Realigning your enterprise's data protection strategies
This Security School is a free multimedia learning guide designed to help you understand and address the strategic and tactical implications of this topic.
It's 2015, and it's not a stretch of the imagination to say that the majority of the population has either been...
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a victim of a data breach or at the very least knows someone who has. With so many breaches of users' data, the inevitable question arises: "What will they do with my data?" The usual follow-up question is "When will they use the data?"
The first part is easy; the second more difficult.
What's done with the data, and when?
Compromised data is used in a wide variety of ways. It can be used for identity theft, credit card purchases, access to other accounts and to apply for credit in your name. It can also be used for ransom payments, threats and intimidation, be posted on public sites for embarrassment, used as blackmail and competitive advantage, or sold on the black market.
It should be noted that compromised data may not be used as soon as it is breached. While some breached info may be instantly used (credit cards used for purchases, for example), other data may be held for some time. Social Security numbers may be held to use later (sometimes many years later) for identity theft or it may be parceled out for sale or trade -- at which point the cycle of misuse may begin again. Large breaches of email accounts may be held for future spam and phishing attacks, which are becoming an easy attack vector for cybercrime.
How to respond
So what can be done to prevent or respond to this and ensure corporate data protection? First, ensure that you have a robust, scalable and holistic security function; that is key. This includes executive leadership, planning, implementation, architecture, staffing and incident response. Each of these elements plays a significant role in a successful security function, and the lack of one may increase risk. For example, without executive support, getting approval for funding, staffing and strategy can be more difficult. Without an incident response plan in place, security incidents can quickly escalate.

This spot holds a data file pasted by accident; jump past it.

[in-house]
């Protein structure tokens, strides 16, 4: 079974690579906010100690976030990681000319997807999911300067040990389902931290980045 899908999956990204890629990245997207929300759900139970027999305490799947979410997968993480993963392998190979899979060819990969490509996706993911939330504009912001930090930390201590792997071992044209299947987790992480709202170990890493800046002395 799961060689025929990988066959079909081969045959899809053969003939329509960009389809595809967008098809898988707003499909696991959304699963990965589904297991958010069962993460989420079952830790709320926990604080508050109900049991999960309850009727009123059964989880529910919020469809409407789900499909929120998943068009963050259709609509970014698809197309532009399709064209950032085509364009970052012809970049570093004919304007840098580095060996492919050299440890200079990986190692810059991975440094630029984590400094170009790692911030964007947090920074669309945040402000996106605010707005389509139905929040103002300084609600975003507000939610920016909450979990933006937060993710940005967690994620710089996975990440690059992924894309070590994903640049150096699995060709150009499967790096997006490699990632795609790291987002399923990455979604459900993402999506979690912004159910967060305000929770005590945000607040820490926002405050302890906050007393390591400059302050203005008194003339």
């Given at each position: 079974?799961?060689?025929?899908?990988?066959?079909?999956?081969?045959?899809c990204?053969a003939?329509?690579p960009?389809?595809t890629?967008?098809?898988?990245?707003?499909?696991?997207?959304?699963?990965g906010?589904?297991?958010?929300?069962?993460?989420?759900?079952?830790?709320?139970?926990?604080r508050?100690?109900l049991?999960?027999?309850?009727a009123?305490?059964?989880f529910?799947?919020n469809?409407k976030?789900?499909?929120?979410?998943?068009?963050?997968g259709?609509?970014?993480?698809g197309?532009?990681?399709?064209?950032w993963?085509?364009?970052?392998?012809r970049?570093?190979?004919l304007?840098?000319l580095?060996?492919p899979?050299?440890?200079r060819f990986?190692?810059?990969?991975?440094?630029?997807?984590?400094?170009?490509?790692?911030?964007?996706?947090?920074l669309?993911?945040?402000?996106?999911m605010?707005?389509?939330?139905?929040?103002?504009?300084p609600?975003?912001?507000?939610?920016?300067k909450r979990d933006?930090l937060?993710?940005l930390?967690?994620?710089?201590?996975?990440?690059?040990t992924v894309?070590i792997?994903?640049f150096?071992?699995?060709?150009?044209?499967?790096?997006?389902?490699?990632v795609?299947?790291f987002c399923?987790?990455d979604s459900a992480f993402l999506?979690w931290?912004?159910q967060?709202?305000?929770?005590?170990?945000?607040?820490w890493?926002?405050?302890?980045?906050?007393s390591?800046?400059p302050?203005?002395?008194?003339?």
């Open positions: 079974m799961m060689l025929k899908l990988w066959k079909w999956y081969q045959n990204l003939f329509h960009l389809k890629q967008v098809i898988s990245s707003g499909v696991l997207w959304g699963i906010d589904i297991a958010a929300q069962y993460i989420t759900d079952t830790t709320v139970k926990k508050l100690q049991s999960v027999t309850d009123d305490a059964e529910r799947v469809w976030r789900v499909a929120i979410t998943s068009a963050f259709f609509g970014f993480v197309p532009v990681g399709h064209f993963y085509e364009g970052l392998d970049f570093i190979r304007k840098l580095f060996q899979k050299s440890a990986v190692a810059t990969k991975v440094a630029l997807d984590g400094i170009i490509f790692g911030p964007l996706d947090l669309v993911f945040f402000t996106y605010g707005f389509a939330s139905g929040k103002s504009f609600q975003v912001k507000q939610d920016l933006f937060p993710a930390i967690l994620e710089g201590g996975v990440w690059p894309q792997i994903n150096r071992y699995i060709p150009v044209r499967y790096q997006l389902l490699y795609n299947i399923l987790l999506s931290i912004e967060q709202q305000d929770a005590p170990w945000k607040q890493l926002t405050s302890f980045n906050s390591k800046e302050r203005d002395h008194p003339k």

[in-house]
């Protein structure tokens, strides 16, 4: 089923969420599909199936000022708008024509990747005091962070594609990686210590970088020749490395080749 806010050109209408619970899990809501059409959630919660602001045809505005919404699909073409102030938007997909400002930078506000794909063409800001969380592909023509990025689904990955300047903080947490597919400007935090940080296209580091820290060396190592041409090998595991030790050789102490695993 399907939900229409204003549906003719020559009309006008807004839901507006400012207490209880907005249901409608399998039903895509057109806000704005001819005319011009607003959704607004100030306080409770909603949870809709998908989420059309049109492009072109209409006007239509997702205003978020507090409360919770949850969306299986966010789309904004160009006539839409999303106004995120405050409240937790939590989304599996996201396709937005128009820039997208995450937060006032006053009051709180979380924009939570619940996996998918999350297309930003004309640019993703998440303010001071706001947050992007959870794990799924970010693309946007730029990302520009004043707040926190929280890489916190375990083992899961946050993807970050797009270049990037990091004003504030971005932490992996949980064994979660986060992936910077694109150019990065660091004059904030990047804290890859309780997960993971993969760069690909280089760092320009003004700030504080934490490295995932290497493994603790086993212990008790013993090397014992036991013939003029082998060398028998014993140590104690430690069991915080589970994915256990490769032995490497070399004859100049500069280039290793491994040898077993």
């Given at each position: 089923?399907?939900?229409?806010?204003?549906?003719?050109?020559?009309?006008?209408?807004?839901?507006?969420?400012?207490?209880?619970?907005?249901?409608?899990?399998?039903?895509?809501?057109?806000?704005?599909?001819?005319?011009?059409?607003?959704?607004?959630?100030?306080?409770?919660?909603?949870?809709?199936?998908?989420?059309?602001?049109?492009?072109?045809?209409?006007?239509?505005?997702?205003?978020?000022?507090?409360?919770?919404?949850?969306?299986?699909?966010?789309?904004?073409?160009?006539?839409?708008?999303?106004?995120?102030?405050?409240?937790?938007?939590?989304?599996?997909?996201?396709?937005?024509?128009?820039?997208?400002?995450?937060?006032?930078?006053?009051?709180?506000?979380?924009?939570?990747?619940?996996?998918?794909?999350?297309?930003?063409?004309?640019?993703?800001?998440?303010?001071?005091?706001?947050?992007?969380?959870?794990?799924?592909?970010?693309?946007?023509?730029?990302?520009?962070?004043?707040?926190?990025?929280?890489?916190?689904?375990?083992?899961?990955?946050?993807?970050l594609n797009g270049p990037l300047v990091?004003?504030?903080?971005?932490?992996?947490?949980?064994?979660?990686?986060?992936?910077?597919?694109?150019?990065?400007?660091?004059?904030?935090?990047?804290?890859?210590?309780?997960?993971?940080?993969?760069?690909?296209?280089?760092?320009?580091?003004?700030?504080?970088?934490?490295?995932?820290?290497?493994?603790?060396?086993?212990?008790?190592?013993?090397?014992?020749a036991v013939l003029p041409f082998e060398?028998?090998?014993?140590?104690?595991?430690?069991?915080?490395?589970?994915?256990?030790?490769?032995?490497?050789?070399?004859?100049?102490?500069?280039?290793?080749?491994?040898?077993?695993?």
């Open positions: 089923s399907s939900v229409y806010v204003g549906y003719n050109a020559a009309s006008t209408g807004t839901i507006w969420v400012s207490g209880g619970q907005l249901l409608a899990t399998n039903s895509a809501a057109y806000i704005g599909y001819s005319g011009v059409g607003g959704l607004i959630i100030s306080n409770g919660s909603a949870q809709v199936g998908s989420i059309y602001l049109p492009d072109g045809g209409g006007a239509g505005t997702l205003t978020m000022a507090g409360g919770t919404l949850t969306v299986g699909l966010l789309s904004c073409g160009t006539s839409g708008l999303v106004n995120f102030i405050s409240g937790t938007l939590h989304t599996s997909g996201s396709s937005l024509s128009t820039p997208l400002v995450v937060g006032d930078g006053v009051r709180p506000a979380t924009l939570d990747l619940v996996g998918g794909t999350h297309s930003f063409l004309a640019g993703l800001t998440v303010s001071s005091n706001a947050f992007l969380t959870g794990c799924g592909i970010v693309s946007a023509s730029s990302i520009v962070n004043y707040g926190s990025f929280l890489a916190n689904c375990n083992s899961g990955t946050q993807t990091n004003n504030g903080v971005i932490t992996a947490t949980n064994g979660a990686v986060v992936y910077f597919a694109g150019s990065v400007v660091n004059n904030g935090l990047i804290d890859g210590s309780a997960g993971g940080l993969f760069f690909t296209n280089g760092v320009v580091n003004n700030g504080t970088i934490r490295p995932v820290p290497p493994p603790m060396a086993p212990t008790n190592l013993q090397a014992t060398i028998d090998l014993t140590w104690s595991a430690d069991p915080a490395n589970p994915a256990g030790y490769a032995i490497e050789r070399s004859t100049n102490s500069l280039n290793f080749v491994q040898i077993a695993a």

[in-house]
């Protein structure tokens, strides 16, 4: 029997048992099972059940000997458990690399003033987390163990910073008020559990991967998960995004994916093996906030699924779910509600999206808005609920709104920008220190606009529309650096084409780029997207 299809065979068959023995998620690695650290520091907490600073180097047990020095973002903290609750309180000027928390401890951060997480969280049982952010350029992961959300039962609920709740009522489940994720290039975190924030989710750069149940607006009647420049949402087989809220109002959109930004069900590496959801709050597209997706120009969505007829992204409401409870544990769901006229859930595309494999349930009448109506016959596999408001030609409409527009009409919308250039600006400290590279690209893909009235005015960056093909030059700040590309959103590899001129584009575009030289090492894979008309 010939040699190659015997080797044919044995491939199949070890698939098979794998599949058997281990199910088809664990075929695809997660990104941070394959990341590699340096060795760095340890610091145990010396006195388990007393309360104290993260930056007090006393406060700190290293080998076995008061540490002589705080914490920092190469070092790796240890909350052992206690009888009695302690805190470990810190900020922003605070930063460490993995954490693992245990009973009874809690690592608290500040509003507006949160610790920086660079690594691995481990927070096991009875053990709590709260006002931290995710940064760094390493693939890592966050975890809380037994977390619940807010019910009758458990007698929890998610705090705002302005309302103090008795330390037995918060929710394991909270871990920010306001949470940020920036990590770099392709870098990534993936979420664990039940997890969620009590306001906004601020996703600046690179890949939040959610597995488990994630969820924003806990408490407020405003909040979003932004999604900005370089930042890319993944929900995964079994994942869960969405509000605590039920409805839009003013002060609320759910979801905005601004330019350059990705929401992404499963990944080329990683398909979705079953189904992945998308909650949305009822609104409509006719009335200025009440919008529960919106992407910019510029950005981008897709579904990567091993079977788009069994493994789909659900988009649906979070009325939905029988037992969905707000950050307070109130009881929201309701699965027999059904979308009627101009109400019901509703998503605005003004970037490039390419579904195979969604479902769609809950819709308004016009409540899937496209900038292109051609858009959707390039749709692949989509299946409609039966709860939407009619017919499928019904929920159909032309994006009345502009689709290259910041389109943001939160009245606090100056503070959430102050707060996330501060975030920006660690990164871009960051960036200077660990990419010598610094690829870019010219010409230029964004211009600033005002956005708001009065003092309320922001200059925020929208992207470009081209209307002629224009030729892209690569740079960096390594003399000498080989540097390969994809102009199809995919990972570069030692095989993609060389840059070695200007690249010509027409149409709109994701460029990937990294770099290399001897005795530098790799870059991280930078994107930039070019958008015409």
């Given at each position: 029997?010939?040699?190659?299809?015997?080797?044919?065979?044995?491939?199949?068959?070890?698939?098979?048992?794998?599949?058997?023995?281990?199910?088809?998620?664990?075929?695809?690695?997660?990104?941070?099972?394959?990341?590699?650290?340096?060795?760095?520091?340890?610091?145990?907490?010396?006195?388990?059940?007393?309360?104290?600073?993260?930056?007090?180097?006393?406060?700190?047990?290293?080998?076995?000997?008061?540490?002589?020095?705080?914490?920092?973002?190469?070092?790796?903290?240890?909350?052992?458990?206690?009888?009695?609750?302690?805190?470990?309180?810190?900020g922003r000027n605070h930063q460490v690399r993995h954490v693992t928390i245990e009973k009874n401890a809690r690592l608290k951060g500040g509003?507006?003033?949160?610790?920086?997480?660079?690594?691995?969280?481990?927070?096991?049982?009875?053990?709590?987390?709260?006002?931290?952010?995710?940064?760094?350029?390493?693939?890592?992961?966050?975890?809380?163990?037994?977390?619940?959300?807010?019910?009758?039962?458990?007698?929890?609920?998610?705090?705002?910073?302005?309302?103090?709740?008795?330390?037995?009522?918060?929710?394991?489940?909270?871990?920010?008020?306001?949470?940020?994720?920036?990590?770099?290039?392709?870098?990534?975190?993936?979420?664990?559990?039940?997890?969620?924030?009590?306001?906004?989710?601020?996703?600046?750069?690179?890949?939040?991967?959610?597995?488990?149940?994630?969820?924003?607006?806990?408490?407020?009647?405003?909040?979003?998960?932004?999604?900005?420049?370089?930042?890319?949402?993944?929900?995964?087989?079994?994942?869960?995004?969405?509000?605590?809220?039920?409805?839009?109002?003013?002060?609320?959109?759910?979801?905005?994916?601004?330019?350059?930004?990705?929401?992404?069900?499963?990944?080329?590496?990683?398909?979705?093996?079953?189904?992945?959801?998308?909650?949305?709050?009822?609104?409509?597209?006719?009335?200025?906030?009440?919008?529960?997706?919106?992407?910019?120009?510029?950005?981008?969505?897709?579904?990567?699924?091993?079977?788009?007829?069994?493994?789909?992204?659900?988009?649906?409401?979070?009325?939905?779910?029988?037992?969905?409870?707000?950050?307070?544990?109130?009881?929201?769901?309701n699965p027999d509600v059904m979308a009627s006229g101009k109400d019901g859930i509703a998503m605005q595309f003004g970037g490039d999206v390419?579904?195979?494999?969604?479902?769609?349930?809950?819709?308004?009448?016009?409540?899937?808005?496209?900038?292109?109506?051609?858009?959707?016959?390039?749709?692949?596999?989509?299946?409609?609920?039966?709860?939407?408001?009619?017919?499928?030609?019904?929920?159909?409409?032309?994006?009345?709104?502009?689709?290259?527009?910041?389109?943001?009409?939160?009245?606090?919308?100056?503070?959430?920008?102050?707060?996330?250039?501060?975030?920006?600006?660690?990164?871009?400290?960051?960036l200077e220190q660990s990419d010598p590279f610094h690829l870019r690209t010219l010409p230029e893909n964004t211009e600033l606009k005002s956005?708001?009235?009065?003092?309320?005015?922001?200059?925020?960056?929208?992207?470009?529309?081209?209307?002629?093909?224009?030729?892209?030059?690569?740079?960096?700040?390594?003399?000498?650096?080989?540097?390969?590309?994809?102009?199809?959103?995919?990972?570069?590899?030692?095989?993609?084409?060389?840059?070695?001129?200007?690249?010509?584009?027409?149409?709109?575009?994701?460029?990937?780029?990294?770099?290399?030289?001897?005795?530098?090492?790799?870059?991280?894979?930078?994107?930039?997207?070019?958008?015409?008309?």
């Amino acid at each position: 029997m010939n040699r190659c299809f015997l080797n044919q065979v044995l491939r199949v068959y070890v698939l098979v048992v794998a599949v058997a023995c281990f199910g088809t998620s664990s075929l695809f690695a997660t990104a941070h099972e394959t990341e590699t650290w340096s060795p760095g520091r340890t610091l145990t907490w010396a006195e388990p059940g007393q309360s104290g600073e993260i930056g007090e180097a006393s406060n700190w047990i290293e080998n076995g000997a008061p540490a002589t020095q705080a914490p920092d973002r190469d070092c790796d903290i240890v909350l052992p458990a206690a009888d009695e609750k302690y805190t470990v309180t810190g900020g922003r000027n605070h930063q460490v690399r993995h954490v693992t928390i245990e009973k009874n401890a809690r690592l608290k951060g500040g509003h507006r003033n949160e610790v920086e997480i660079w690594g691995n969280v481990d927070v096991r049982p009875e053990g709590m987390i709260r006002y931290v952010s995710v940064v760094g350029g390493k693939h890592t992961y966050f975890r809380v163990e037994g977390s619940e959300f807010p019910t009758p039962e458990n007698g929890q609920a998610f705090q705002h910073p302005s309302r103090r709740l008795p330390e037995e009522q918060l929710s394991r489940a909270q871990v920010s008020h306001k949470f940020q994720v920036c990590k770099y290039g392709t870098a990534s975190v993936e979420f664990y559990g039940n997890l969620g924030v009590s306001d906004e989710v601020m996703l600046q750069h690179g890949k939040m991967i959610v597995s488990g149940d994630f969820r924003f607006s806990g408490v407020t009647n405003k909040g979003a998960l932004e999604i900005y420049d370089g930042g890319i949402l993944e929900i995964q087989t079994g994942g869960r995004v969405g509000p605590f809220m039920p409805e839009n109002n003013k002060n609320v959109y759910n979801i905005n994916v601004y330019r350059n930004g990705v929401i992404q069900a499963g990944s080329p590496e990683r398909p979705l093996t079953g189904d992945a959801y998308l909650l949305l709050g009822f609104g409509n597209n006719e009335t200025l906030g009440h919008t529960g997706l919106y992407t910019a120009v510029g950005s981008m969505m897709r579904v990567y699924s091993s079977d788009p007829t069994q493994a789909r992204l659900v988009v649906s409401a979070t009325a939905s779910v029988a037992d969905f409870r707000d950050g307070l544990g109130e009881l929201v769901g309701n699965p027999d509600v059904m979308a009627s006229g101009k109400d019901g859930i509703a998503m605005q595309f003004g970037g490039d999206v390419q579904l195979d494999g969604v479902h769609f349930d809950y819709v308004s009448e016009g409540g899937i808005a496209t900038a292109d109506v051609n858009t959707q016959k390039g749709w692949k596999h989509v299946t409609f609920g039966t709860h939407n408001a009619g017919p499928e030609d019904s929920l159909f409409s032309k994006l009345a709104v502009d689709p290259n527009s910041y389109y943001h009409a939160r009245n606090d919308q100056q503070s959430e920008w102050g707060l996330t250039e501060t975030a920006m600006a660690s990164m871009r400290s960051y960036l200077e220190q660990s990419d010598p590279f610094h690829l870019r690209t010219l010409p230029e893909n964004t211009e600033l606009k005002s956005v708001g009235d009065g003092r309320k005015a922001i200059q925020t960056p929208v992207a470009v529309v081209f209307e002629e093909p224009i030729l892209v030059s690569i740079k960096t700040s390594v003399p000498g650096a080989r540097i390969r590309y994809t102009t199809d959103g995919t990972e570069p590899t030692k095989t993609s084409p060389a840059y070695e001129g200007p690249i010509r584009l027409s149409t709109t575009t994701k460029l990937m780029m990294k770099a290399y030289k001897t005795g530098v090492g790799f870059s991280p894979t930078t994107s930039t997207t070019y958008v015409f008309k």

Recent breaches at Sony and the U.S. Office of Personnel Management indicate that their security postures were not as robust as they should have been. We should take their stories as lessons to be learned. It can be argued that corporate data protection and security were not priorities in their organizations. After all, they both had prior security events and were questioned on their posture previously, but no actions or improvements were undertaken. The lesson? Always perform a full review of security incidents and ensure that the necessary improvements are made promptly. In addition, be constantly assessing your policies, processes and infrastructure. Judge these against current best-in-class solutions, such as next-generation firewalls, advanced persistent threat defenses and log correlation and alerting solutions. Even if you have established a secure baseline, you must constantly evolve your defenses as the threats evolve.
Three action points to ensure corporate data protection
Let me leave you with three points to focus on: Do all that you can to ensure early detection; have methods to observe exfiltration of data; and train for incident response.
Many, if not all, of the major breaches and compromises of the last few years have shown that the attackers had access to the networks and data for a great deal of time before detection. Some of the hacked entities determined that they'd been compromised for two years or more! The longer the attack goes undetected, the greater the damage.
It's critical to have methods in place to observe when data is leaving your network, both in large data sets or through ongoing exits to non-network IP addresses. Knowing your baseline as to what is normal traffic is key to determining anomalies.
Finally, we all know that security events are a way of life, and that a big one can occur at any time. During an attack is not the time to be tweaking, testing or developing your incident response plan. Ensure that the staff you need are aware of their roles and duties, fully trained and tested, and that no instruction is necessary. Only with a well-developed and practiced plan can you identify, contain and eradicate the attack, and return to normal business as quickly as possible.
The attacks will continue unabated as long as they continue to be successful. We can take steps to reduce the possibility of a security incident, but when they occur we need to be ready to identify and address them expeditiously.
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